Erin Andrews Peephole Video leads to internet danger

March 16, 2010 Sophos Press Release

IT security and data protection firm Sophos is warning all internet users to be wary of websites claiming to host a controversial nude video of glamorous ESPN reporter Erin Andrews - as hackers, spammers and scammers exploit renewed interest in the story following the imprisonment of Miss Andrews' stalker.

Michael David Barrett was sent to jail for 2.5 years yesterday, after secretly filming the US sports reporter through the peephole of her hotel room door, without her knowledge or consent.

Opportunists and hackers are taking advantage of renewed interest in the peephole video (which is currently the 6th most searched for thing on the web) by creating webpages and links that claim to contain the video, but are really traps designed to infect and scam unsuspecting users.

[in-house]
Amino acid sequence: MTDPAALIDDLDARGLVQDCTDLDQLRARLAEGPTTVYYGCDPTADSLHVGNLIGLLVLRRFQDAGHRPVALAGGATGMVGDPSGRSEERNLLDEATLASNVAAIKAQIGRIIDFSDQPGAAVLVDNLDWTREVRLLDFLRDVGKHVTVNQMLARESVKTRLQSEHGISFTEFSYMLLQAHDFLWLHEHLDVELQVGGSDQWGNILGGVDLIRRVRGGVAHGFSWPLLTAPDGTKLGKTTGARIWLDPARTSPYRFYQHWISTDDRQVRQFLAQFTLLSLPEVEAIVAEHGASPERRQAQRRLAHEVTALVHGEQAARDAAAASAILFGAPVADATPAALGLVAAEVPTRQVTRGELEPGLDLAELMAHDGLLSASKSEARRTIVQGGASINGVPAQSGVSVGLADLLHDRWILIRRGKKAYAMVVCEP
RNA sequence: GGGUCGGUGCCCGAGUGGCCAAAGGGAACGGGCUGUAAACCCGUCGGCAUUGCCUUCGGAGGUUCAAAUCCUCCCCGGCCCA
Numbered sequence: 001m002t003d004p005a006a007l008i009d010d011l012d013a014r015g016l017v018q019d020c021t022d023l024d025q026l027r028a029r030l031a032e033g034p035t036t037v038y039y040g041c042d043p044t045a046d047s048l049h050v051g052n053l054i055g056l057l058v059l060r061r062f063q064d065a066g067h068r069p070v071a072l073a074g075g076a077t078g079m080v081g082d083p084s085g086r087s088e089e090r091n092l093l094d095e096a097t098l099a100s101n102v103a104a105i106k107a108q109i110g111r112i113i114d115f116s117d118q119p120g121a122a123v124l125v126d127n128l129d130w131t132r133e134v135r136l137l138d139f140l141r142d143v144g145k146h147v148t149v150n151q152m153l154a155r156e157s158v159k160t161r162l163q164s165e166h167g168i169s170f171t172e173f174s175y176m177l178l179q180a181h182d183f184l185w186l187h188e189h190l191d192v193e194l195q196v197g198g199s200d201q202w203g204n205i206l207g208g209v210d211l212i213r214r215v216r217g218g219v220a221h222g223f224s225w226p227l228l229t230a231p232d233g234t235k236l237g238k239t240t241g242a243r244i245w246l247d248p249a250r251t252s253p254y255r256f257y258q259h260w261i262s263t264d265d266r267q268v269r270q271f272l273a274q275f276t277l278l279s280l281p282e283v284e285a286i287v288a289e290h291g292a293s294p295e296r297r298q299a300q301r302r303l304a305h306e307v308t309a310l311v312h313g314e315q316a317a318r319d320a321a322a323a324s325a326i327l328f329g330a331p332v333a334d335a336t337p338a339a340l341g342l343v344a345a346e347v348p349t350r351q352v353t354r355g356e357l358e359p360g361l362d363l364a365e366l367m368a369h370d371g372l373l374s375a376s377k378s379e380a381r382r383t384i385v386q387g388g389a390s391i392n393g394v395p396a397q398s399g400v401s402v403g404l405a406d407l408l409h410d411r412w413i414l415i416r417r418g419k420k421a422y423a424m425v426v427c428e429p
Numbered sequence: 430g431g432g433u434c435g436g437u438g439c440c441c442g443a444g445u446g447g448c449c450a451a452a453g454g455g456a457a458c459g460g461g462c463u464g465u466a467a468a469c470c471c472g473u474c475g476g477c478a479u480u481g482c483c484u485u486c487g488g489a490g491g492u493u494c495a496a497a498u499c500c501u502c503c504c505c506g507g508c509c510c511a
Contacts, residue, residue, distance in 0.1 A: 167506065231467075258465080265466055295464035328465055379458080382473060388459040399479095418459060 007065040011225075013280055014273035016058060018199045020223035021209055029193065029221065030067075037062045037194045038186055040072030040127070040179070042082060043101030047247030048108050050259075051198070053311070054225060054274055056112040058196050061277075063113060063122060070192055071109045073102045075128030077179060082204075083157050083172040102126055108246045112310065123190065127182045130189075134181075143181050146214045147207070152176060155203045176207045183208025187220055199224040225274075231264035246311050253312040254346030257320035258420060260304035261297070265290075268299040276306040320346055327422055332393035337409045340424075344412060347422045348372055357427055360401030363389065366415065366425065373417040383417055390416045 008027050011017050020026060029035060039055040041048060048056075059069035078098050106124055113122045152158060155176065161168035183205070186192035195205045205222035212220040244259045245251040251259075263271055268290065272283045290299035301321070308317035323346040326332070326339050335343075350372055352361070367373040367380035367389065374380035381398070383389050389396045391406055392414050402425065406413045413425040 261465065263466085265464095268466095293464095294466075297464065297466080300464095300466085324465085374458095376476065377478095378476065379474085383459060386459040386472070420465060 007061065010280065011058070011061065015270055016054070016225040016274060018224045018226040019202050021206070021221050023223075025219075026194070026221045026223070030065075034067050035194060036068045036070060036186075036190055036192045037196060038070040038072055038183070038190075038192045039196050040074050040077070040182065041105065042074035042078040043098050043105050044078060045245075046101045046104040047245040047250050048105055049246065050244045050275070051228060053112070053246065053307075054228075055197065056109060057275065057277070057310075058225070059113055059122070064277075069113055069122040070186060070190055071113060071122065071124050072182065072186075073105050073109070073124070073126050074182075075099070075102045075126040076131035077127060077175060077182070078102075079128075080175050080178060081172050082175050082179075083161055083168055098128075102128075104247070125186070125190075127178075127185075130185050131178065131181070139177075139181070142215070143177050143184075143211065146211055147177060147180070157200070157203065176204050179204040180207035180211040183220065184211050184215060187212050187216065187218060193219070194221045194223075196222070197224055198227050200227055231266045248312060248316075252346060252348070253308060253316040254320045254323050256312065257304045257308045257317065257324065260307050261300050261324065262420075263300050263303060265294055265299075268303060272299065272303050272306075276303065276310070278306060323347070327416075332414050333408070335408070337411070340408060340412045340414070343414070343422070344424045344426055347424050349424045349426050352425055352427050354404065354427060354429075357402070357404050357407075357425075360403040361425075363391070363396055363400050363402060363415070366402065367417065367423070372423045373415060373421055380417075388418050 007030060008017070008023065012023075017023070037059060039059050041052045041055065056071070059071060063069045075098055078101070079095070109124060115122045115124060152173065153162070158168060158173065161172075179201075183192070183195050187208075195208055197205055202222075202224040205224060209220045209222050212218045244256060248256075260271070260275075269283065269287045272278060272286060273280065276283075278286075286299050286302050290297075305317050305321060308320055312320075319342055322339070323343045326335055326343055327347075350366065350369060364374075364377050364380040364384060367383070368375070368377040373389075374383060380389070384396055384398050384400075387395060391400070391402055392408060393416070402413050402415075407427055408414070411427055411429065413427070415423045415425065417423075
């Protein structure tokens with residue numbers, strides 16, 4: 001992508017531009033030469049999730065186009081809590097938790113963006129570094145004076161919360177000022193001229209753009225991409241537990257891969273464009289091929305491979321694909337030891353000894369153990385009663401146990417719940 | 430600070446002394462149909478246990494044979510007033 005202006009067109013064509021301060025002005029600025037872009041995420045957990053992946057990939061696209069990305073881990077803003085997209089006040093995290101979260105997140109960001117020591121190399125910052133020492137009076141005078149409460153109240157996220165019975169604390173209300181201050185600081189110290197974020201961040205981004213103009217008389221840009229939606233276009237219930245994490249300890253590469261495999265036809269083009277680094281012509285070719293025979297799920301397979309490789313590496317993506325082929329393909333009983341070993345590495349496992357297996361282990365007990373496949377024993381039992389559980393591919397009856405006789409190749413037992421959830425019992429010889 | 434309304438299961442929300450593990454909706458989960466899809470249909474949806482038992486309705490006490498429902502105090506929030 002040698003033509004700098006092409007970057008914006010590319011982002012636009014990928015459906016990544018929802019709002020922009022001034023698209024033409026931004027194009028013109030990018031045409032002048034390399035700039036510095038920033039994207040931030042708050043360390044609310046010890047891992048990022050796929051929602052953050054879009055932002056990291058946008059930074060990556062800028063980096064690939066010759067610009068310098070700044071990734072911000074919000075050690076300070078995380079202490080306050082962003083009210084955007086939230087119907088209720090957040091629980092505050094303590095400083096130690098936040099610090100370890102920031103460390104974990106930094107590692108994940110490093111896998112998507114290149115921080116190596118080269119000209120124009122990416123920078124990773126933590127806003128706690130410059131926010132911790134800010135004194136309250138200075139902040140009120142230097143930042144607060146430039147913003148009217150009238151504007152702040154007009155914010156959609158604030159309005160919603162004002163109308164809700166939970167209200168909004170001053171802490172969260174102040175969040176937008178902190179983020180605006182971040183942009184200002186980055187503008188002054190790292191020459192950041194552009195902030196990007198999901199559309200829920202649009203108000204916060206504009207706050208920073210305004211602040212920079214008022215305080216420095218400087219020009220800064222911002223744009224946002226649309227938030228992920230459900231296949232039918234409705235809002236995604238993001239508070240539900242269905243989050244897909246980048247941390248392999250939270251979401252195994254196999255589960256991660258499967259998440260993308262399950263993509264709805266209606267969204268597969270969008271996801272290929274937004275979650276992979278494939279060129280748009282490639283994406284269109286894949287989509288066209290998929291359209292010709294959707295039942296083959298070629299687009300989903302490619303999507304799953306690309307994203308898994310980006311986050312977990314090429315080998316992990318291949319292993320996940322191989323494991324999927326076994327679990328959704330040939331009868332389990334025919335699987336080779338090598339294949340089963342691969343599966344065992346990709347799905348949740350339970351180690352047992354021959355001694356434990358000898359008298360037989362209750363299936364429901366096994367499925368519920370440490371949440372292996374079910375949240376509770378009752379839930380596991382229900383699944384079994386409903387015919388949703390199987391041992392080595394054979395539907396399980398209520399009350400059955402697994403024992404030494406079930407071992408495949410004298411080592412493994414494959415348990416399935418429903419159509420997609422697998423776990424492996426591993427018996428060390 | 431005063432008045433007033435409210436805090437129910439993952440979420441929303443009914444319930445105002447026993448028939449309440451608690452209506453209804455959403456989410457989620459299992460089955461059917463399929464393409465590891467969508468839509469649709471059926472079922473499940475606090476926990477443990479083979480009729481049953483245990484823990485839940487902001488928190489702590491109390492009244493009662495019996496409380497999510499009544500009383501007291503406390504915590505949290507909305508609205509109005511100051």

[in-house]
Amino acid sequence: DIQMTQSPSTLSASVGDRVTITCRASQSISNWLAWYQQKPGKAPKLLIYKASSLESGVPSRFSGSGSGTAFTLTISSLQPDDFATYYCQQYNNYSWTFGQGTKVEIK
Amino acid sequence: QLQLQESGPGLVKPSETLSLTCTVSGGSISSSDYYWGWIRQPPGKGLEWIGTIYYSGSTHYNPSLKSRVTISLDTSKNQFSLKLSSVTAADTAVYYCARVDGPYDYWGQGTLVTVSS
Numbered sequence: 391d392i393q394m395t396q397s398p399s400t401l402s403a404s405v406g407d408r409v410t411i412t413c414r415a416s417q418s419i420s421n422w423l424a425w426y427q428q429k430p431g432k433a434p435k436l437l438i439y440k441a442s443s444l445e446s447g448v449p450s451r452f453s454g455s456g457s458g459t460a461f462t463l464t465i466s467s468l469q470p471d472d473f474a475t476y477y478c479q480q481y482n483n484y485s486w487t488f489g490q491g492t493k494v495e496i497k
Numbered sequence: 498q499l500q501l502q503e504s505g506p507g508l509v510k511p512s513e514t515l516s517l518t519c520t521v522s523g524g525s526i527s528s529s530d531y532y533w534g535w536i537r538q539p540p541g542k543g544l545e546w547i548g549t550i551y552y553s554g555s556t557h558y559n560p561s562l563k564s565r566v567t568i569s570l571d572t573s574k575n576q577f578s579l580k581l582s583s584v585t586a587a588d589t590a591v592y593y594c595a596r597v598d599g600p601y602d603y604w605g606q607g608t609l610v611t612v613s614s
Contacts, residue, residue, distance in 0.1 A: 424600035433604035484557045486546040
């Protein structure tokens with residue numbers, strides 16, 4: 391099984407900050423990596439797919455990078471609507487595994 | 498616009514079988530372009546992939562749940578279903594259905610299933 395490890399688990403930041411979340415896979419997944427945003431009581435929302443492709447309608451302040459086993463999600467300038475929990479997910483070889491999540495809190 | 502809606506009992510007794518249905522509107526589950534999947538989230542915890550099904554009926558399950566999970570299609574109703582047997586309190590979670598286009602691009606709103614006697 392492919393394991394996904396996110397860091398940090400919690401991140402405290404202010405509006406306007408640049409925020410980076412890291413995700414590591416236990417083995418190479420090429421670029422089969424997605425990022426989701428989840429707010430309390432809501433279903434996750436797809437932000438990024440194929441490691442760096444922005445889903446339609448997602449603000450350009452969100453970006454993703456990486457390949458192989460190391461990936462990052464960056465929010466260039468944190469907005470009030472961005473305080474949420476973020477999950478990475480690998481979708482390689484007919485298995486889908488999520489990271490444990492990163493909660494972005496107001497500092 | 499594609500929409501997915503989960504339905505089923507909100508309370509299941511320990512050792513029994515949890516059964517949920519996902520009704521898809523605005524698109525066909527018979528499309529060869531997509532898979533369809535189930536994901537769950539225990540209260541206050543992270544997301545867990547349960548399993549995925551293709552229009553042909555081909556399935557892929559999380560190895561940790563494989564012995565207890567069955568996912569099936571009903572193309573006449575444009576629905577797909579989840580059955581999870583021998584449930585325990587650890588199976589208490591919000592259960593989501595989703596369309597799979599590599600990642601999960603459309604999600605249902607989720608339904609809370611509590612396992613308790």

(Enjoy this video? You can check out more on the SophosLabs YouTube channel and subscribe if you like)

"If you visit a site which claims to contain the Erin Andrews Peephole Video you could be exposing yourself to malware (such as fake anti-virus), spam and other scams," said Graham Cluley, senior technology consultant at Sophos. "The scammers are busy at work creating content designed to entrap those who go hunting for sleazy videos."

As well as webpages, scores of uploads have been made to YouTube since yesterday's jail sentence claiming to contain footage from the controversial video.

Typically, when played the YouTube videos will display a message saying that for copyright reasons they cannot show you the video - but instead urge you to click a link to a third party site.

Erin Andrews video on YouTube?

That link to a third party website may simply be designed to drive traffic to a spam page, or lead to a page which asks you to sign-up for a service, take a survey or carry malware.

"If you want to look at naked women, buy yourself an adult magazine or get yourself a girlfriend. If you go hunting for this kind of thing on the internet, don't be surprised if it's not just your mind that ends up corrupted, but your computer too," continued Cluley.

For more information on the threat visit Graham Cluley's blog